Municipal tobacco warehouse: Built in 1910 by the businessman and tobacco merchant Kizhi Mimin. The building is a combination of Ottoman architecture with neoclassical elements. Since 1970 it belongs to Kavala’s Municipality which refurbished it and now houses a wide variety of cultural activities and events. More emblemaric tobacco warehouses adorn the city’s centre.

Via Egnatia: The military Roman road called “Via Egnatia” constructed by the Romans in the 2nd century BC passed through the city and helped commerce to flourish in the area. St. Paul used it to get from Neopolis to Philippi when he made his first landing in Europe. Kavala became a Roman “civitas” in 168 BC.

Philipi: Just 16km northwest from Kavala, the archaeological site of Philippi named after the city founded in 356BC by the Macedonian King Philip, II is a UNESCO World Heritage Monument. The remains of this walled city lie at the foot of an acropolis, on the ancient route linking Europe and Asia, the Via Egnatia. The city developed as a “small Rome” with the establishment of the Roman Empire in the decades following the Battle of Philippi, in 42 BCE.  The site combines important remains from the Greeks, the Romans, and the first Christians, dating from mid-4th century BC to the 6th century AD. Highlights include the walls and their gates, the Hellenistic theatre, the funerary heroon (temple), the Roman forum and later remains of the basilicas that rose here once Philippi became an important centre of early Christianity, following the visit of the Apostle Paul in 49-50 CE.

Archaeological Site of Dikili Tash:  The site of Dikili Tash is a 17-metre-high tell formed by the accumulation of occupation layers, dating mainly from the Neolithic period and Bronze Age. The analysis of residues collected from ceramics at the site suggests that wine was made in Europe as early as the 5th millennium B.C.

Emblematic architecture: Kavala’s City Hall (1879), a miniature Hungarian tower, the Great Club building (1909) with manor-style halls whose ceilings exceed a height of 10 meters, the Wix Building (1906), the Tokos building (1879).


Kalamitsa beach, Kavala, Greece (Credit: Xristoupolitis, CC BY-SA 4.0, via Wikimedia Commons)

The most popular beaches are Batis, Tosca, Kalamitsa (a long stretch of sand), Perilgiali, Rapsani (blue water and golden sand) Pretty Palio (home to cosy beach bars and traditional tavernas). Nea Irakleitsa, Nea Peramos, Cape Vrasidas, the exotic Ammolofoi, Tower of Apollonia and Ammoglossa Keramotis are also not to be missed.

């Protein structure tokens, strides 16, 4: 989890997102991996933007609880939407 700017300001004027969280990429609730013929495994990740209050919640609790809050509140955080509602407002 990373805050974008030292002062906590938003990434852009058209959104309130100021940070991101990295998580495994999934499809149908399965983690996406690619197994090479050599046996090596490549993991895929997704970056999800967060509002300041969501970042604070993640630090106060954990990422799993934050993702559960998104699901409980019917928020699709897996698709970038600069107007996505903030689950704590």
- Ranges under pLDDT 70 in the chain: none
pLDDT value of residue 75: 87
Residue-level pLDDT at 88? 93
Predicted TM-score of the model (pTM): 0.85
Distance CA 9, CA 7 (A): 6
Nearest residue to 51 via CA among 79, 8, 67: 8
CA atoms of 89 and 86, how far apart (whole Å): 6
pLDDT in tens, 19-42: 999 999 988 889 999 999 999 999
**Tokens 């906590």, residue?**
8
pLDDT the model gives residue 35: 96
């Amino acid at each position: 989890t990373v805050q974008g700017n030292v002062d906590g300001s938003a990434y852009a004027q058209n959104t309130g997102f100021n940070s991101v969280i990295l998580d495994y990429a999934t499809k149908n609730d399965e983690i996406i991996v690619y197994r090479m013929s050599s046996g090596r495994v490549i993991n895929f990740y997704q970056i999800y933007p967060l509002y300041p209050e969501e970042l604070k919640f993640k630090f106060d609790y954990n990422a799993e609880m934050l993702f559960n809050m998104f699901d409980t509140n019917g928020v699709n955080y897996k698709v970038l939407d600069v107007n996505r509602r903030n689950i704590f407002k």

Kavala’s cuisine is rich and has been also influenced by the refugees from Pontus and Asia Minor. Fresh fish and seafood prevail, as well as meat. Delicious sardines, fried red mullet, cod, smoked mackerel, crab with rice, mussels with rice, grilled octopus, steamed mussels and fresh clams, herring “saganaki”, gilt-head bream, sea bass, anchovies wrapped in grape leaves, loggerheads, shellfish, you name it. For meat-lovers, try lamb with spinach, a renowned recipe. For vegetarians, there are fantastic spiced pilafs. Have a sweet-tooth? Kourabiedes (almond-based biscuits covered with icing sugar) from Nea Karvali, are a must.


Kavala has a rich wine tradition that dates back centuries. Under Mt Paggaio large tracts of fertile land and fine vineyards spread out. There are internationally recognised wineries of Kavala producing PGI  wines. Small distillers produce excellent ouzo and tsipouro (pomace brandy).


The commercial heart of Kavala beats in Omonia street but the city is filled with shops from Eleftheria Square to the town hall. The district of Agios Nikolaos is ideal for Greek souvenirs for eveybody. Along the Megalou Alexandrou pedestrian Street, you will also find the Shopping Mall of Kavala.


Ancient theater in Philipi, Kavala, Greece (Credit: Carole Raddato from FRANKFURT, Germany, CC BY-SA 2.0, via Wikimedia Commons)

Philipi festival: The second oldest festival in Greece (only after the Festival of Epidaurus), first took place in 1957 in the Ancient theater of Philippi. It is held mostly in the ancient theatre of Philippi, from July to August. Even so, many events and productions take place within the town as well. Performances of ancient and modern plays, classical dance and concerts.